Can I handle the scalpel? Different views on critical subtask assessment between residents and expert surgeonsNieboer, P., Cnossen, F., Bulstra, S., Stevens, M. & Jaarsma, D., 12-Nov-2016.
Research output: Contribution to conference › Poster › Academic
Background: Success of surgical procedures largely depends on good judgment and decision making and these skills are mostly taught implicitly in the OR. Cognitive task analysis (CTA) has been used successful to elicit tacit expert knowledge to determine the decision points in a medical procedure and then use this in medical skill instructions. For instructions to be effective, it is also important that they are timed properly, that is, during low mental workload in the resident. Aim(s): As a start for further research, we therefore asked residents to indicate their mental workload during the steps of an orthopaedic procedure. Because in the OR, residents are commonly guided by supervisors, we also investigated which steps supervisors find mentally demanding. Methods: A task analysis of a total hip replacement procedure was constructed. Subsequently we asked both 17 orthopedic surgeons (supervisors) and 21 residents to rate (5-point scale) how much mental effort they invest in each subtask. They were asked to explain ratings above average (>3). Results: Although there were subtasks where supervisors and residents disagreed on the level of attention required, overall, supervisors and residents agreed for most subtasks. High attention was related to subtasks that require decision making skills. However, the reasons were different. In residents, high ratings were associated with subtasks that they found difficult, or where they were anxious about doing it accurately. Supervisors’ ratings were more correlated with the evaluation of crucial, i.e., point-of-no-return steps where quality of execution has important consequences for later steps, end result or complications. Discussion/Conclusion: Supervisors pay more attention to steps that will become important later in the procedure, whereas residents are more anxious about their own performance in crucial steps. It may be useful for supervisors and residents to be aware of this difference in interpretation of “important steps”.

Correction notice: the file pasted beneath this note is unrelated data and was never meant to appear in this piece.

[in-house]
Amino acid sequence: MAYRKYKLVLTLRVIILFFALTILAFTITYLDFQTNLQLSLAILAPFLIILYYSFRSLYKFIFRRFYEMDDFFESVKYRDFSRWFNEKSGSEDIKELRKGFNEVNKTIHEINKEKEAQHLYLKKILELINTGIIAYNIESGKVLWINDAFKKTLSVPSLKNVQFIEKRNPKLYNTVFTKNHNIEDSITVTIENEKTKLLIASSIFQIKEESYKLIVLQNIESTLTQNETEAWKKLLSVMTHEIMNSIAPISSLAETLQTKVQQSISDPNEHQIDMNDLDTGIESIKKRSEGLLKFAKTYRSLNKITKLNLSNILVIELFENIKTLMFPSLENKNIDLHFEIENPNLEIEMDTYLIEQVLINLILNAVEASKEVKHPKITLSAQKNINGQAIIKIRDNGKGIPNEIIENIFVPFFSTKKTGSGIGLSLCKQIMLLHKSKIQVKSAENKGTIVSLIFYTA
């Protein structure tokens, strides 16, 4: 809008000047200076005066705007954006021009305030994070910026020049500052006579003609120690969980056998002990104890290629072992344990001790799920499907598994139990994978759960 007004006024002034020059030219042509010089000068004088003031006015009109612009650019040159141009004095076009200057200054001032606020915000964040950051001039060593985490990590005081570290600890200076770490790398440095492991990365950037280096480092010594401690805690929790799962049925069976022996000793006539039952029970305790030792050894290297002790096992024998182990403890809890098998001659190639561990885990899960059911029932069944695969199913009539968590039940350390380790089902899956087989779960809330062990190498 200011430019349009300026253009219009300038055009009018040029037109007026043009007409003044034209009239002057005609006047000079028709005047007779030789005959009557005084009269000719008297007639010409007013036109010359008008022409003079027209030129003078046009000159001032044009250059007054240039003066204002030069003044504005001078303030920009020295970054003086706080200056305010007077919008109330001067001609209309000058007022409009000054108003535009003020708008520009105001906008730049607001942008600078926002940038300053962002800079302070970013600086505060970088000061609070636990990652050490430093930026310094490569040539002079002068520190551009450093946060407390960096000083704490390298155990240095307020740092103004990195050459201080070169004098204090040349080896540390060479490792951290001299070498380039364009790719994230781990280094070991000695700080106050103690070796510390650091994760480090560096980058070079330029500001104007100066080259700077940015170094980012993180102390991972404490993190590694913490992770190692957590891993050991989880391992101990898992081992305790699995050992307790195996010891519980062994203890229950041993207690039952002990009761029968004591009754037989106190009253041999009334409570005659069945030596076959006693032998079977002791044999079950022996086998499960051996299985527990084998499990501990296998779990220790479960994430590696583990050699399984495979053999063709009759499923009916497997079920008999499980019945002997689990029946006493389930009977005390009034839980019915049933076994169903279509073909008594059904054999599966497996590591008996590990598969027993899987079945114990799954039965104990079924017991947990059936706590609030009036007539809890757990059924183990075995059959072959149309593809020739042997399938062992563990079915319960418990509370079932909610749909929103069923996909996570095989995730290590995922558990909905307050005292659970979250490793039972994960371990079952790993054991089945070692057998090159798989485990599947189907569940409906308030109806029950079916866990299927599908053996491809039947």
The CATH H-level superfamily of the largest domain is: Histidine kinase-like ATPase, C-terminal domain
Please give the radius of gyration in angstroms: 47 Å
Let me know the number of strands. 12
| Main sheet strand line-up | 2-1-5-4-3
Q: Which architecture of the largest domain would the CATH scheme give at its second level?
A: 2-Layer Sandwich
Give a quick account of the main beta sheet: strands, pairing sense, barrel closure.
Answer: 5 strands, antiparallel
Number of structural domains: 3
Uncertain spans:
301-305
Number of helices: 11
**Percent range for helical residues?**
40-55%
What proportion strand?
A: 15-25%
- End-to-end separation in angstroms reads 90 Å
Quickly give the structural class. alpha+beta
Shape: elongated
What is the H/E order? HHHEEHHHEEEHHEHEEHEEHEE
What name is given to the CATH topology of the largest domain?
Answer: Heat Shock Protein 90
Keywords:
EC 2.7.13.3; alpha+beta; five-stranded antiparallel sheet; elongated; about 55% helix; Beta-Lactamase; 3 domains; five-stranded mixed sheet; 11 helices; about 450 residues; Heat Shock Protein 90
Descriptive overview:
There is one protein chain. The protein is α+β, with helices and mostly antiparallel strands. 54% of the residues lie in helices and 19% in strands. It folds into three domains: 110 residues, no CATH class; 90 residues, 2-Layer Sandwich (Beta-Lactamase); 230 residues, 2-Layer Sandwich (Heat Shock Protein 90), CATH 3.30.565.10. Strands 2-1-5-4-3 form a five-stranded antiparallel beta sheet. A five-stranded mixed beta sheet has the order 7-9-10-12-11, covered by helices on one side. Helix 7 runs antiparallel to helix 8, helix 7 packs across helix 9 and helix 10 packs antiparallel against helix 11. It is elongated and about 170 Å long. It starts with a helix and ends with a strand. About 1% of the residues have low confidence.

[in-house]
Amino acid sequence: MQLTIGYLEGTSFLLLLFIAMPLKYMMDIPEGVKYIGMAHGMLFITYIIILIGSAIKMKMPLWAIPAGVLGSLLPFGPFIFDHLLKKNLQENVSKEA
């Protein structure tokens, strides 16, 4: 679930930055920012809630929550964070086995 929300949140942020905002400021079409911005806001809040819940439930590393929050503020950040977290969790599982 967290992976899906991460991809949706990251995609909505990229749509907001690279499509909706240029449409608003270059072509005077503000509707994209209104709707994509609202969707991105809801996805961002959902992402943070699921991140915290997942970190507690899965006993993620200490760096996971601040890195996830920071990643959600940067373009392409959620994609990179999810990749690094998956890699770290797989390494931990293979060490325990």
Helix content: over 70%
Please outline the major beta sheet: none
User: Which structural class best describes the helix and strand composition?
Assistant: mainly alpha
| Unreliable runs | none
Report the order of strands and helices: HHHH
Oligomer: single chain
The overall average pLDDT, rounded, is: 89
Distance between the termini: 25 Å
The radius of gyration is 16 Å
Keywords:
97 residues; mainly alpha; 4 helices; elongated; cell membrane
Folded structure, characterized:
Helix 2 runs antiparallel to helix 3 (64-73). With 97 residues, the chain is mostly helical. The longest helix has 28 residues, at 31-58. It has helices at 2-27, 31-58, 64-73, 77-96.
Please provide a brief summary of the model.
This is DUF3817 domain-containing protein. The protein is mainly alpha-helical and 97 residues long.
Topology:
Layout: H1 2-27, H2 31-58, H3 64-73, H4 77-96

|Publication status||Published - 12-Nov-2016|
|Event||International Meeting for Behavioural Sciences Applied to Surgery and Acute Care Settings - Aberdeen, United Kingdom|
Duration: 11-Nov-2016 → 12-Nov-2016
Conference number: 10
|Conference||International Meeting for Behavioural Sciences Applied to Surgery and Acute Care Settings|
|Period||11/11/2016 → 12/11/2016|
International Meeting for Behavioural Sciences Applied to Surgery and Acute Care Settings
11/11/2016 → 12/11/2016Aberdeen, United Kingdom
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